Although a certain CD bias can be realized through tuning of a single parameter such as either O/F ratio or power ratio, in most the cases, it is much more convenient and easy to combine the tuning of two parameters together to arrive at the desired target. The reason is that using only a single tuning knob may create unwanted side effects. For example, the high O/F ratio produces great CD bias, but also creates low photoresist selectivity which may not leave enough photoresist to function as mask in the SiHM RIE process. In this case, increased power ratio can give extra CD bias without the need to have too high O/F ratio and its corresponding loss of selectivity. For another example, too high or too low power ratio may cause the power to exceed the hardware limits of the RIE equipment. In this case, the O/F ratio can be adjusted in a certain range to tune the CD bias to a desired value. In addition, to obtain a good SiHM hard mask, there are many other features and characteristics that have to be realized. Plus both the hardware operation reliability and process stability are of concern, it is better to combine the effects of the several tuning parameters to gets desired SiHM hard mask 410. Besides the first order tuning parameters (i.e. O/F ratio and power ratio), there are two second order factors having effect on the CD bias of the SiHM hard mask 410 including chamber pressure and amount of the over etch. The total chamber pressure can be in a lower range from 2 to 10 mT (milli-Torr) which provides a good CD bias uniformity and etch rate uniformity. The amount of the over etch is about from 20% to 50% which provides sufficient over etch to cover the film non-uniformity and the RIE tool variation. By carefully balancing these RIE process parameters, it is possible to obtain a SiHM hard mask 410 with required CD bias along with other desired features including straight side wall profile; good CD uniformity throughout wafer; less shoulder rounding at the top of SiHM hard mask 410; no footing or undercut at the bottom of the SiHM hard mask 410; sufficient remaining photoresist; and etc.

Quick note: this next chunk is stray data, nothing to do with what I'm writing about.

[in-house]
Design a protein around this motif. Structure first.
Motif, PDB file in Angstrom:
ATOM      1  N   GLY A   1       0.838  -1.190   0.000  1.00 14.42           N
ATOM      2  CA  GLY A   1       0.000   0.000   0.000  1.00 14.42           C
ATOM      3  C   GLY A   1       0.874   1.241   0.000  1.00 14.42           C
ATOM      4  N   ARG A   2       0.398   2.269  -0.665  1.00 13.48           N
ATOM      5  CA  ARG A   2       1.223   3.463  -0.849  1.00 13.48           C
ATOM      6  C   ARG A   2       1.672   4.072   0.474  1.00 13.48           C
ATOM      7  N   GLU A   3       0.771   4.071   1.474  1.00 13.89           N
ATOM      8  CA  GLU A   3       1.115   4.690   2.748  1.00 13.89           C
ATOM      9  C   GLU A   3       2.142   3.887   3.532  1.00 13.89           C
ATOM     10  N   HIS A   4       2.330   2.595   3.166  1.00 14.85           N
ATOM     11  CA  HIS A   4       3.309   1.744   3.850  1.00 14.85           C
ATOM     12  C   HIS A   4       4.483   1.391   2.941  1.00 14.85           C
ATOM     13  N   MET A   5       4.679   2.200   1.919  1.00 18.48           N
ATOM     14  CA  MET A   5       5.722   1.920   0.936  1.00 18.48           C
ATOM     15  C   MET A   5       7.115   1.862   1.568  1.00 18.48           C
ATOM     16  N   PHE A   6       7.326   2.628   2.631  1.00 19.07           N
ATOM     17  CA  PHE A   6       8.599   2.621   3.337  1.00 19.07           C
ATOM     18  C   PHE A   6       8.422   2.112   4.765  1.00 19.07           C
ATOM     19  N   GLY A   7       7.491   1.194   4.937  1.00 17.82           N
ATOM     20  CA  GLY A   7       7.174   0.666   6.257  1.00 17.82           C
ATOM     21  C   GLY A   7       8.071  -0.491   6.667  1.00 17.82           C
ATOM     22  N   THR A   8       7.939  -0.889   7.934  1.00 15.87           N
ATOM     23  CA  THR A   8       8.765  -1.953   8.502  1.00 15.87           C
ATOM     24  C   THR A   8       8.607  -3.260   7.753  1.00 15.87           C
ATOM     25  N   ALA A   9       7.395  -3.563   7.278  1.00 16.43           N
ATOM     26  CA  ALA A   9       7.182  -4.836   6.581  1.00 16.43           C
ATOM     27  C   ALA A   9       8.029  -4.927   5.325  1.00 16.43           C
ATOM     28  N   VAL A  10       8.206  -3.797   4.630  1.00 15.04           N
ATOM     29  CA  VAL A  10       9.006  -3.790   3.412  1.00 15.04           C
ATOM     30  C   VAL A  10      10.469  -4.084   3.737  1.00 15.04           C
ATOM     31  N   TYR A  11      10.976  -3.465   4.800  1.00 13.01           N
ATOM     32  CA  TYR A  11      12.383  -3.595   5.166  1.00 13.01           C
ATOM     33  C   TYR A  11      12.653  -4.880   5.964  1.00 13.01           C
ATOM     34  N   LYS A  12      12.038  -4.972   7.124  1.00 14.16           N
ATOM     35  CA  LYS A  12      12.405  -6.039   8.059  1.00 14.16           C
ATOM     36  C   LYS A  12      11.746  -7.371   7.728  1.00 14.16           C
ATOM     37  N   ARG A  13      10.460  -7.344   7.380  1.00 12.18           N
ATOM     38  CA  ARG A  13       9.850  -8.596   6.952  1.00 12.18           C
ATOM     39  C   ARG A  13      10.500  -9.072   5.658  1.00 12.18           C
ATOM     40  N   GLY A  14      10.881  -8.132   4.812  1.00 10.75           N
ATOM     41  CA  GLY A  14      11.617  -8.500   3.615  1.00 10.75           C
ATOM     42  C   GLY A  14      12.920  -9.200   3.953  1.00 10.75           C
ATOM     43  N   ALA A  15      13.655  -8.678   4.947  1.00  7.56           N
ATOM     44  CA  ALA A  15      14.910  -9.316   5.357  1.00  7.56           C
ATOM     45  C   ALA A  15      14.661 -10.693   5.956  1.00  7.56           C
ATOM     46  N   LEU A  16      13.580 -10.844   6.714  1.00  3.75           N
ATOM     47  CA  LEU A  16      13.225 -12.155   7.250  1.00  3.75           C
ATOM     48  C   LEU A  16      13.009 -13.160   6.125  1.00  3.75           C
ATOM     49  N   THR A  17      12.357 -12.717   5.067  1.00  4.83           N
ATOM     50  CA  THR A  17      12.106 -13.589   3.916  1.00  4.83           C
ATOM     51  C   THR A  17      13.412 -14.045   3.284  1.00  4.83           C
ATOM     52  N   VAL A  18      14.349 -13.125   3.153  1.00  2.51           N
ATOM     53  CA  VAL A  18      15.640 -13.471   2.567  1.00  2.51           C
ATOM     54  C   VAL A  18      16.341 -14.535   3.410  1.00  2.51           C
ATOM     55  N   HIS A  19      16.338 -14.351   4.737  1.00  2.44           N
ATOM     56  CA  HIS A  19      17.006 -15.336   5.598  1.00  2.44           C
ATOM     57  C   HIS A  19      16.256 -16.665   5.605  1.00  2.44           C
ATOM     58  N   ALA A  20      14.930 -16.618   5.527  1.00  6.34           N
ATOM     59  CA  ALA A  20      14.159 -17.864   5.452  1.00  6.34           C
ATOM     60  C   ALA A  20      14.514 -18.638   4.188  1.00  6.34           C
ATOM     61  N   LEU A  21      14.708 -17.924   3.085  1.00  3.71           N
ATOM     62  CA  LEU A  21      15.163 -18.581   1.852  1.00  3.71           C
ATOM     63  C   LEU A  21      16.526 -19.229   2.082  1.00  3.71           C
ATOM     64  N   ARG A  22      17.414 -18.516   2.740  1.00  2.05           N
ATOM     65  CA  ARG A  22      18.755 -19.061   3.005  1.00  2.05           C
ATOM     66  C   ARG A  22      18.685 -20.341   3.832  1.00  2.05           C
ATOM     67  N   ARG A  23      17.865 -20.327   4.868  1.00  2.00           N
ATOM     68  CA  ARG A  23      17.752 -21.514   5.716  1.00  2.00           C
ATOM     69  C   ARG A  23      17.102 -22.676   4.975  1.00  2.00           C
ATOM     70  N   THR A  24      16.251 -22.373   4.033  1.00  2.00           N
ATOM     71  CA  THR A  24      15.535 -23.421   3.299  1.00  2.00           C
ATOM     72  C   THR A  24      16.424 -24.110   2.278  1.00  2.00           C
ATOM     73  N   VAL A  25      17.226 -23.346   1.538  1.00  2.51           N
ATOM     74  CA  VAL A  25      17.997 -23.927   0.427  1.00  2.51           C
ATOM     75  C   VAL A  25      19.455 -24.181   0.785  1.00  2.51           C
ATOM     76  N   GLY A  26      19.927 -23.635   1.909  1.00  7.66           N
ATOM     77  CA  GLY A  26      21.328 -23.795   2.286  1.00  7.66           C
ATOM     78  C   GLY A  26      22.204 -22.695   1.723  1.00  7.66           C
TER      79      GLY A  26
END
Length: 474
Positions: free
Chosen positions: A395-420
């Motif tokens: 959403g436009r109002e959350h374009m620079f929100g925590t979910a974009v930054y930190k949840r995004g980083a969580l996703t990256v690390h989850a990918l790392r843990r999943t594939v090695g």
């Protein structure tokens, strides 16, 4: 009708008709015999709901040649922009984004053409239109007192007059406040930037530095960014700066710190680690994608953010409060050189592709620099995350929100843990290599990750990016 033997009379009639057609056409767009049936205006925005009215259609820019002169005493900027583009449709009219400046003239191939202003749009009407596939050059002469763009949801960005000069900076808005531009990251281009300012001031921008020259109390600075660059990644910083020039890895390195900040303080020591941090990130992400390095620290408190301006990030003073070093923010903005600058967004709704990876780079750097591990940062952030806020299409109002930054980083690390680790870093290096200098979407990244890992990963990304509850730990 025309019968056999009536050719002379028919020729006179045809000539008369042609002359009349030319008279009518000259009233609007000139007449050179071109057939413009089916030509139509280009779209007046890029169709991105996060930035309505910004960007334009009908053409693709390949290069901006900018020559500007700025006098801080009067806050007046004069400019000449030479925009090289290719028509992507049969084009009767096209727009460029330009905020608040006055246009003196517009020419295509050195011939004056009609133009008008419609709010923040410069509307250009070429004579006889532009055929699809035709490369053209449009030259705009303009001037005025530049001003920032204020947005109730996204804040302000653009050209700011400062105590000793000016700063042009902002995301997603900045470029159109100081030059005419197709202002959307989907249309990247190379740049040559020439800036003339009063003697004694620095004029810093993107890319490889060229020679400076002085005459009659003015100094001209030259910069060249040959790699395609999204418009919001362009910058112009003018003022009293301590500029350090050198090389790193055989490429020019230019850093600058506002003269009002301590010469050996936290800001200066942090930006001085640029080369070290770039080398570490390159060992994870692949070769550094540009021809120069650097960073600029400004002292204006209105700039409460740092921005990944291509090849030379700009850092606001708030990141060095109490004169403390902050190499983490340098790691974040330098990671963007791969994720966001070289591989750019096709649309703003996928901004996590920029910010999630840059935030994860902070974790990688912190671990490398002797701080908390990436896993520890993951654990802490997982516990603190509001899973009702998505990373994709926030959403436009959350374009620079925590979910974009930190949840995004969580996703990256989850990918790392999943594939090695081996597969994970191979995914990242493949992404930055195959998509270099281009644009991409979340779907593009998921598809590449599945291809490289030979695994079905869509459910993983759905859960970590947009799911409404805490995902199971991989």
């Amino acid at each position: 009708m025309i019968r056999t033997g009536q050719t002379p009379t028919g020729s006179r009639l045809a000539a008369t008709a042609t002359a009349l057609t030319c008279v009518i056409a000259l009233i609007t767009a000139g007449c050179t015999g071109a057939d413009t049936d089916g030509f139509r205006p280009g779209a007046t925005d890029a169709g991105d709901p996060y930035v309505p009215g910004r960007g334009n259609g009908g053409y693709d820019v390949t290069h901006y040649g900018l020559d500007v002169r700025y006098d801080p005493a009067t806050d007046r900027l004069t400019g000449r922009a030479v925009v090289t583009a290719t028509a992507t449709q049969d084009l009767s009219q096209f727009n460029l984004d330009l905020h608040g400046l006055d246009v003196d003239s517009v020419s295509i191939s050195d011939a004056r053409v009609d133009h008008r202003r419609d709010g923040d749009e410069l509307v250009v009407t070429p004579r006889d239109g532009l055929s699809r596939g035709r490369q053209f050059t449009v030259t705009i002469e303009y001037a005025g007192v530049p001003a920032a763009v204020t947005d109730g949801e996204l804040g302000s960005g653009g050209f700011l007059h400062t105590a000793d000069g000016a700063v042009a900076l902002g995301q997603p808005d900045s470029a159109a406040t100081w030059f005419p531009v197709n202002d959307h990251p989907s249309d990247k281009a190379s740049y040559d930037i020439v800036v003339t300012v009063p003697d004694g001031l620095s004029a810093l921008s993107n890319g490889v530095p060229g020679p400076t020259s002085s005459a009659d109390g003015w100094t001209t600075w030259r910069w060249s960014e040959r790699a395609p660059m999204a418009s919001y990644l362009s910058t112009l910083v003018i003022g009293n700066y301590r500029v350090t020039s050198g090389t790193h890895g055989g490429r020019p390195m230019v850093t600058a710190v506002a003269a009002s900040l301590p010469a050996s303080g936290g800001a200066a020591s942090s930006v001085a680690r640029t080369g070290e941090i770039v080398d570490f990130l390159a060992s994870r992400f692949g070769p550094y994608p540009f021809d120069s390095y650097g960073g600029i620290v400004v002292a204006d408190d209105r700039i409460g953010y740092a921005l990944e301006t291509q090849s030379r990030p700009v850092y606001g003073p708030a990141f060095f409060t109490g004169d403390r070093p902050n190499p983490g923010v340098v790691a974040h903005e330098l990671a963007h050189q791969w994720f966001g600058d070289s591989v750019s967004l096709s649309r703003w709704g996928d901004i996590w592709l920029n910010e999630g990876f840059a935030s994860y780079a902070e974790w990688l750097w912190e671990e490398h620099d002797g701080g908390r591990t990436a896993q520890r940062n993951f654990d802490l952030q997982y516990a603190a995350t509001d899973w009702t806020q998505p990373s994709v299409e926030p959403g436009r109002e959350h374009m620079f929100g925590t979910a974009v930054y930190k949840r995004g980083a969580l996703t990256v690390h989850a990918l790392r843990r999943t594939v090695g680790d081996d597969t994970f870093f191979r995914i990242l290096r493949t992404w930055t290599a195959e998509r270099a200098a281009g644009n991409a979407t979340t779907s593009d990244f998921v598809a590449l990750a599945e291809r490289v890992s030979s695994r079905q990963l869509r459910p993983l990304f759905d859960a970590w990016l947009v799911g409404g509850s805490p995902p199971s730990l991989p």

With reference now to FIG. 7, a second reactive ion etching (2nd RIE) is performed to transfer the image of the SiHM hard mask 410 onto the under-layer 408. This second RIE is preferably performed using an oxygen based chemistry, which is preferably predominantly CO2. This second RIE further reduces the width of the layers 408, 410. The width can be reduced about another 5 to 7 nm (e.g. to about 32˜28 nm), with a sigma of less than 1 nm and a line width roughness of around 3.5 nm. The variation of stencil height (the sum of the height of the SiHM hard mask 410 and the height of the under-layer mask 408) is small within wafer and from wafer to wafer due to the high etch selectivity of the SiHM 410 to under-layer 408 in the CO2 based second RIE. The use of CO2 (rather than O2) in this second RIE process reduces the shoulder undercut and makes the side wall more vertical due to its gentler isotropic etching. Further, the power ratio (i.e. the source power to bias power), can be tuned to adjust the side wall profile of the under-layer mask 408 such as to reduce shoulder undercut and bottom footing. The range of the power ratio can be from 0.4 to 2.5. The ratio between the width of the top portion of the under-layer 408 (where shoulder under-cut occurs) to the width of the bottom portion of the SiHM 410 increases linearly with decreasing power ratio, which means the undercut at the top of the under-layer is reduced as power ratio decreases. The ratio between the width of the bottom of the under-layer 408 to the width of the middle portion of the under-layer 408 is also reduced with decreasing power ratio, which means that bottom footing can be reduced by decreasing the power ratio.